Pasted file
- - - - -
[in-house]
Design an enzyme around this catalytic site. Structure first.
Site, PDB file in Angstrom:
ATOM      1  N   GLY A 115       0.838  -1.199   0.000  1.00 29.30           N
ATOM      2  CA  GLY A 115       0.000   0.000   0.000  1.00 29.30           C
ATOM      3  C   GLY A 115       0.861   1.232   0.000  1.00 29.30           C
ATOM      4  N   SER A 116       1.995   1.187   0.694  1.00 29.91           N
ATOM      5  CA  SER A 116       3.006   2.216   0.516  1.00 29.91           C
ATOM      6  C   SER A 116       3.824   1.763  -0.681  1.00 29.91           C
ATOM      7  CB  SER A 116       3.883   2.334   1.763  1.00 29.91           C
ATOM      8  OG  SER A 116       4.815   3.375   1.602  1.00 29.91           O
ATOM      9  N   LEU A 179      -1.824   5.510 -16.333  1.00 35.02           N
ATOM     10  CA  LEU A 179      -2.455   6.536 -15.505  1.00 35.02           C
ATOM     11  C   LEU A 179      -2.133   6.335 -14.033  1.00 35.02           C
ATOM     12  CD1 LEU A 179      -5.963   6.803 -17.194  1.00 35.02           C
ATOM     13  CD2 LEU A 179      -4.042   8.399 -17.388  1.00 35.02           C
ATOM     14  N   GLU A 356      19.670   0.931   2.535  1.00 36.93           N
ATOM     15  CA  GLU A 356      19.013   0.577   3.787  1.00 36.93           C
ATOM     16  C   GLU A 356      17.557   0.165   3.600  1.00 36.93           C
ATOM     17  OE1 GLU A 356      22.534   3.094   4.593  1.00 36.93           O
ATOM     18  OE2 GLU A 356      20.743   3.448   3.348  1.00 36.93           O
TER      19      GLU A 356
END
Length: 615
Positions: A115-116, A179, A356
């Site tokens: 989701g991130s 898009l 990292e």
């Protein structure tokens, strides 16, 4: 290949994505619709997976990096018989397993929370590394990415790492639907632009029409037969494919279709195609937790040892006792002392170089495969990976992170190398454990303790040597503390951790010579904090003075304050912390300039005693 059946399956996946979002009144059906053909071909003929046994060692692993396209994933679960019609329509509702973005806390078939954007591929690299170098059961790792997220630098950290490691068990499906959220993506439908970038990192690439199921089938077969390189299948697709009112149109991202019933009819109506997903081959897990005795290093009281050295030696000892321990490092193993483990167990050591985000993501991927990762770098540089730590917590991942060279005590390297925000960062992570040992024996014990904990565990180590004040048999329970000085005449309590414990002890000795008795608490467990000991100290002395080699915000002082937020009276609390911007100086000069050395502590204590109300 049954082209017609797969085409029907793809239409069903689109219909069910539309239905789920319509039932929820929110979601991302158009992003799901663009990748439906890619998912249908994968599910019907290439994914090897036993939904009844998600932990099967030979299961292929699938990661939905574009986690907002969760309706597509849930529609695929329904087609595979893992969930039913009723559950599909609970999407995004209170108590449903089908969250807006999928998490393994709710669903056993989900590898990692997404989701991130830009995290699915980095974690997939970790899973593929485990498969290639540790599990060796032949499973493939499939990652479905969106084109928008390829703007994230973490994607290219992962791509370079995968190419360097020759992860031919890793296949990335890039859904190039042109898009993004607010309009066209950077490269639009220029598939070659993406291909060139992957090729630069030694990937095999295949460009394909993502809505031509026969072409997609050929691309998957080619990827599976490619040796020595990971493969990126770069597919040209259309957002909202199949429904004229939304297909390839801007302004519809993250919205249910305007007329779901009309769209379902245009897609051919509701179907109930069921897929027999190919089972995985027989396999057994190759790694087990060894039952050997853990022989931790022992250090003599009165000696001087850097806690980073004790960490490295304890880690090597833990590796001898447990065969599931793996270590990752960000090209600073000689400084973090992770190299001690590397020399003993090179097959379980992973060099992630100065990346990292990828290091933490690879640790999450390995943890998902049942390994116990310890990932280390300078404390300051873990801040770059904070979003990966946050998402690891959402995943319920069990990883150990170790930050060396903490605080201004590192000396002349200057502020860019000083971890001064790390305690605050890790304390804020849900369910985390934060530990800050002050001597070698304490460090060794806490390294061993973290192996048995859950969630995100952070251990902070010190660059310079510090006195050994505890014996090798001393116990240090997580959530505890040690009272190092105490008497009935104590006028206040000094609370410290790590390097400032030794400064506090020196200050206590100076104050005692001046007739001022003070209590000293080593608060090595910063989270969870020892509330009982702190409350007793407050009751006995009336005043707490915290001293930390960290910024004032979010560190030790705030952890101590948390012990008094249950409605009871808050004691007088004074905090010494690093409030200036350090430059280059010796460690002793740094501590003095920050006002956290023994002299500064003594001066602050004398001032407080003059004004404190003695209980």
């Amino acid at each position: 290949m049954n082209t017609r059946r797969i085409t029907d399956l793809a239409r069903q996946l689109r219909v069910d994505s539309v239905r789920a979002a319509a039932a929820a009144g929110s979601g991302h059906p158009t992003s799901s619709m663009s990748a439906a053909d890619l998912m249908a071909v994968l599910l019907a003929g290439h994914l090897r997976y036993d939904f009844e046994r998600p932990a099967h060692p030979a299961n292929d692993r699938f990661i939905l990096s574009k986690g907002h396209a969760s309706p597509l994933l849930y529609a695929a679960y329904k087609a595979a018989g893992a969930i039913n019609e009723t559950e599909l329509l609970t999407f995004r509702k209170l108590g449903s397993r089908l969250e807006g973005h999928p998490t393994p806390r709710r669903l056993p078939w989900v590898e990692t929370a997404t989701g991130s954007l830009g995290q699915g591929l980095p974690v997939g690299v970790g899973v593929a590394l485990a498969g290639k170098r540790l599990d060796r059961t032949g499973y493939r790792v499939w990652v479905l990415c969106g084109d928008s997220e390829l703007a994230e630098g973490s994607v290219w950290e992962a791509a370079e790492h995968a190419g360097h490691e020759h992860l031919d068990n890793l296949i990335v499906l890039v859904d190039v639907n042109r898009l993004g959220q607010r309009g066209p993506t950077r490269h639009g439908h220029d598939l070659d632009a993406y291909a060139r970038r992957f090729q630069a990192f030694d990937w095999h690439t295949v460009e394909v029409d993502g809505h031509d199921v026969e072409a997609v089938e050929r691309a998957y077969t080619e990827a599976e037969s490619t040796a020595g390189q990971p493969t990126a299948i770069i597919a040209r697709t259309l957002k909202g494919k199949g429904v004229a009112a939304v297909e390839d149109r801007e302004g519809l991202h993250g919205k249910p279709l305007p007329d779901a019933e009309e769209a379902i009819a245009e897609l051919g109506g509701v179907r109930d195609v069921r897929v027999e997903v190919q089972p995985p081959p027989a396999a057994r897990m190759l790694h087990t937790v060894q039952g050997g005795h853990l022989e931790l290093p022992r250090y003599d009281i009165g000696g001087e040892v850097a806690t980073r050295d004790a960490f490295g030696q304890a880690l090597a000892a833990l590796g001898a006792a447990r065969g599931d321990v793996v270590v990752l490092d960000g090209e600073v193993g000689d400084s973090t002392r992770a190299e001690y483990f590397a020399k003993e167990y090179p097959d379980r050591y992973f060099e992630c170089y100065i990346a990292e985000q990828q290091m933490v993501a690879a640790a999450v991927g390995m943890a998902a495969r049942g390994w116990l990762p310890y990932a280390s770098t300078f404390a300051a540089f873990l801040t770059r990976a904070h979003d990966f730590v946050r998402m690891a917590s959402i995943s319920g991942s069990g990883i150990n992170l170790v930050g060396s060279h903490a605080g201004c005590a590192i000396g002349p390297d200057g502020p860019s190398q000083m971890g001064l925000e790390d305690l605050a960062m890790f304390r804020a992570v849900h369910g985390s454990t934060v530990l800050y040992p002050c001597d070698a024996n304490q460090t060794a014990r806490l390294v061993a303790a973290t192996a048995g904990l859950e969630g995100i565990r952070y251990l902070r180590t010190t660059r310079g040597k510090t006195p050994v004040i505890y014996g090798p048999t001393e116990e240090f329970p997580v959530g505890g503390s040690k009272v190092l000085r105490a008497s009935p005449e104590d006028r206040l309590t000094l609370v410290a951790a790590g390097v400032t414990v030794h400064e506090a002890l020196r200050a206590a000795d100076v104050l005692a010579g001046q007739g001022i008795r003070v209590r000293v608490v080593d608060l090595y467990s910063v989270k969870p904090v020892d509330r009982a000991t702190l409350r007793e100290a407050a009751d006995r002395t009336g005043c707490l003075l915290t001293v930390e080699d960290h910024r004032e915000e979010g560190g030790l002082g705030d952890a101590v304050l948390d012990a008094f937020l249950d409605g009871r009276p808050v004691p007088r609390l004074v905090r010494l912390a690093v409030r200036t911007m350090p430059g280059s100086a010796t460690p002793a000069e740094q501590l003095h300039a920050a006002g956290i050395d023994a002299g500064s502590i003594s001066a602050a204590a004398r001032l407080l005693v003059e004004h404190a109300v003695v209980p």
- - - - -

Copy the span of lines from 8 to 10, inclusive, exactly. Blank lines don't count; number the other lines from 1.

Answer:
ATOM      5  CA  SER A 116       3.006   2.216   0.516  1.00 29.91           C
ATOM      6  C   SER A 116       3.824   1.763  -0.681  1.00 29.91           C
ATOM      7  CB  SER A 116       3.883   2.334   1.763  1.00 29.91           C